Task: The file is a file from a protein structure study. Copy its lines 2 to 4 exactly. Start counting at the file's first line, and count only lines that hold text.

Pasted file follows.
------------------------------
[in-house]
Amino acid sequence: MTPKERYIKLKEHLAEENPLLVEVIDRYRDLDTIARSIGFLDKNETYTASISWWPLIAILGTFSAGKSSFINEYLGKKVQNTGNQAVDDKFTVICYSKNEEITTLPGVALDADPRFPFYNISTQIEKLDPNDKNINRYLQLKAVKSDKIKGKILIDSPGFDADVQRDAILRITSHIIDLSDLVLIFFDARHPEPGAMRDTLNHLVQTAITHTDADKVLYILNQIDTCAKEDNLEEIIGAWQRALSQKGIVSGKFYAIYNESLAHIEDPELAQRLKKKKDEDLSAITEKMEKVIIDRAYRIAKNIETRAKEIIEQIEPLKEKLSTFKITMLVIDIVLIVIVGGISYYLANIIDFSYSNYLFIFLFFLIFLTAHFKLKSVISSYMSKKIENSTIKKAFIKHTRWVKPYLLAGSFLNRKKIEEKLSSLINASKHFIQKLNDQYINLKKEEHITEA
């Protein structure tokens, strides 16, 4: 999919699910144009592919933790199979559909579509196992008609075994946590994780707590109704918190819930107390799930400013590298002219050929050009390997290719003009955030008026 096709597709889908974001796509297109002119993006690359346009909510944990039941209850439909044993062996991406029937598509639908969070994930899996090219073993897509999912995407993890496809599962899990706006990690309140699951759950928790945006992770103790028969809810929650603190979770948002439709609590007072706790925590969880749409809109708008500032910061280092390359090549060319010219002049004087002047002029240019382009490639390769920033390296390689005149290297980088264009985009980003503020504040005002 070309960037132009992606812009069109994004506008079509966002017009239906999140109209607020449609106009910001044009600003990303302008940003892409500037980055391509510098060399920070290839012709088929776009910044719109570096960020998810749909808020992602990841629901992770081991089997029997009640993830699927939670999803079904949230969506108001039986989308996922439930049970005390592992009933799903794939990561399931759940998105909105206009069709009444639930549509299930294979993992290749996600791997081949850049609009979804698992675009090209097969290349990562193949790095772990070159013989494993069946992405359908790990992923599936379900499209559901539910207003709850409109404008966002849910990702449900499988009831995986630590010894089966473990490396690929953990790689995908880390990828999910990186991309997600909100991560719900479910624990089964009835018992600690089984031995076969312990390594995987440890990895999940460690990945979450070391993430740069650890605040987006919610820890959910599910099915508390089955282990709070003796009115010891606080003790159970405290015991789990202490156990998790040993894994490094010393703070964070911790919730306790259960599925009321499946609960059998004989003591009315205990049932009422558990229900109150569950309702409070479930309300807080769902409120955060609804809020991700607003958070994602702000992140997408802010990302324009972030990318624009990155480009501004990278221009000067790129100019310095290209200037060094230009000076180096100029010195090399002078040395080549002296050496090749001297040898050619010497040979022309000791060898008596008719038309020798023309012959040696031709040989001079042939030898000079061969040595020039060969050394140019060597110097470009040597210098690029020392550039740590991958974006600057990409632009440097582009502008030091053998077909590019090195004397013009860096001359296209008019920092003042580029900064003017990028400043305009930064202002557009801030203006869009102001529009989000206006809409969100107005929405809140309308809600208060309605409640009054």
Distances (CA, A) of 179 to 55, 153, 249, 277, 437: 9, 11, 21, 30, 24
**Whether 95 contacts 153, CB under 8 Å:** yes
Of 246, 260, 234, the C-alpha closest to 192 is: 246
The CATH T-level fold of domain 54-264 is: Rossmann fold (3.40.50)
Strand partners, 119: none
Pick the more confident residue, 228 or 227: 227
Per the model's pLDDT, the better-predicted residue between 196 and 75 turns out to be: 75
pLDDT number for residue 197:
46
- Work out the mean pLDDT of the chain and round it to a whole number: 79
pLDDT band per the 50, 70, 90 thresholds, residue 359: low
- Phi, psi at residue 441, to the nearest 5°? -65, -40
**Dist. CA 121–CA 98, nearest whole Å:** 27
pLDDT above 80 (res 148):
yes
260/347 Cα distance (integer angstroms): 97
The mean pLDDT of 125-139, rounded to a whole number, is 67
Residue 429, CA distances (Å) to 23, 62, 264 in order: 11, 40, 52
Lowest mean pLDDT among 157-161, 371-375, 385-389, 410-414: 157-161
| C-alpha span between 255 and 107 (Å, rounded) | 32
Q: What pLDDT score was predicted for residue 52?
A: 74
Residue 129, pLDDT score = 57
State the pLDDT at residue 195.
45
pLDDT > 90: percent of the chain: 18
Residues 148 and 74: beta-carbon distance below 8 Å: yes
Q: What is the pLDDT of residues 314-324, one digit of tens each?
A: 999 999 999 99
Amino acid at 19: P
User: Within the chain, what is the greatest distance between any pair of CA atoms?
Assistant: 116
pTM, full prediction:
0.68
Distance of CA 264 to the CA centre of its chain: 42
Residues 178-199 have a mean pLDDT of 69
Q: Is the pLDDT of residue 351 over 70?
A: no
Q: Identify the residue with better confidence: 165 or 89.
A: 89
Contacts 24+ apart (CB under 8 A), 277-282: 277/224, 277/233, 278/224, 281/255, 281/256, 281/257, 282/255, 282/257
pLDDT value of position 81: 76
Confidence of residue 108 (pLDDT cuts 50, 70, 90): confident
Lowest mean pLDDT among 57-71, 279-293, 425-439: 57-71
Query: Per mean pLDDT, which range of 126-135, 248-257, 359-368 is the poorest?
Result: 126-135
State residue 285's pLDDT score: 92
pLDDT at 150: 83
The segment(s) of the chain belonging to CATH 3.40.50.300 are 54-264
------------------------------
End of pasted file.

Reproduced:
Amino acid sequence: MTPKERYIKLKEHLAEENPLLVEVIDRYRDLDTIARSIGFLDKNETYTASISWWPLIAILGTFSAGKSSFINEYLGKKVQNTGNQAVDDKFTVICYSKNEEITTLPGVALDADPRFPFYNISTQIEKLDPNDKNINRYLQLKAVKSDKIKGKILIDSPGFDADVQRDAILRITSHIIDLSDLVLIFFDARHPEPGAMRDTLNHLVQTAITHTDADKVLYILNQIDTCAKEDNLEEIIGAWQRALSQKGIVSGKFYAIYNESLAHIEDPELAQRLKKKKDEDLSAITEKMEKVIIDRAYRIAKNIETRAKEIIEQIEPLKEKLSTFKITMLVIDIVLIVIVGGISYYLANIIDFSYSNYLFIFLFFLIFLTAHFKLKSVISSYMSKKIENSTIKKAFIKHTRWVKPYLLAGSFLNRKKIEEKLSSLINASKHFIQKLNDQYINLKKEEHITEA
């Protein structure tokens, strides 16, 4: 999919699910144009592919933790199979559909579509196992008609075994946590994780707590109704918190819930107390799930400013590298002219050929050009390997290719003009955030008026 096709597709889908974001796509297109002119993006690359346009909510944990039941209850439909044993062996991406029937598509639908969070994930899996090219073993897509999912995407993890496809599962899990706006990690309140699951759950928790945006992770103790028969809810929650603190979770948002439709609590007072706790925590969880749409809109708008500032910061280092390359090549060319010219002049004087002047002029240019382009490639390769920033390296390689005149290297980088264009985009980003503020504040005002 070309960037132009992606812009069109994004506008079509966002017009239906999140109209607020449609106009910001044009600003990303302008940003892409500037980055391509510098060399920070290839012709088929776009910044719109570096960020998810749909808020992602990841629901992770081991089997029997009640993830699927939670999803079904949230969506108001039986989308996922439930049970005390592992009933799903794939990561399931759940998105909105206009069709009444639930549509299930294979993992290749996600791997081949850049609009979804698992675009090209097969290349990562193949790095772990070159013989494993069946992405359908790990992923599936379900499209559901539910207003709850409109404008966002849910990702449900499988009831995986630590010894089966473990490396690929953990790689995908880390990828999910990186991309997600909100991560719900479910624990089964009835018992600690089984031995076969312990390594995987440890990895999940460690990945979450070391993430740069650890605040987006919610820890959910599910099915508390089955282990709070003796009115010891606080003790159970405290015991789990202490156990998790040993894994490094010393703070964070911790919730306790259960599925009321499946609960059998004989003591009315205990049932009422558990229900109150569950309702409070479930309300807080769902409120955060609804809020991700607003958070994602702000992140997408802010990302324009972030990318624009990155480009501004990278221009000067790129100019310095290209200037060094230009000076180096100029010195090399002078040395080549002296050496090749001297040898050619010497040979022309000791060898008596008719038309020798023309012959040696031709040989001079042939030898000079061969040595020039060969050394140019060597110097470009040597210098690029020392550039740590991958974006600057990409632009440097582009502008030091053998077909590019090195004397013009860096001359296209008019920092003042580029900064003017990028400043305009930064202002557009801030203006869009102001529009989000206006809409969100107005929405809140309308809600208060309605409640009054």
Distances (CA, A) of 179 to 55, 153, 249, 277, 437: 9, 11, 21, 30, 24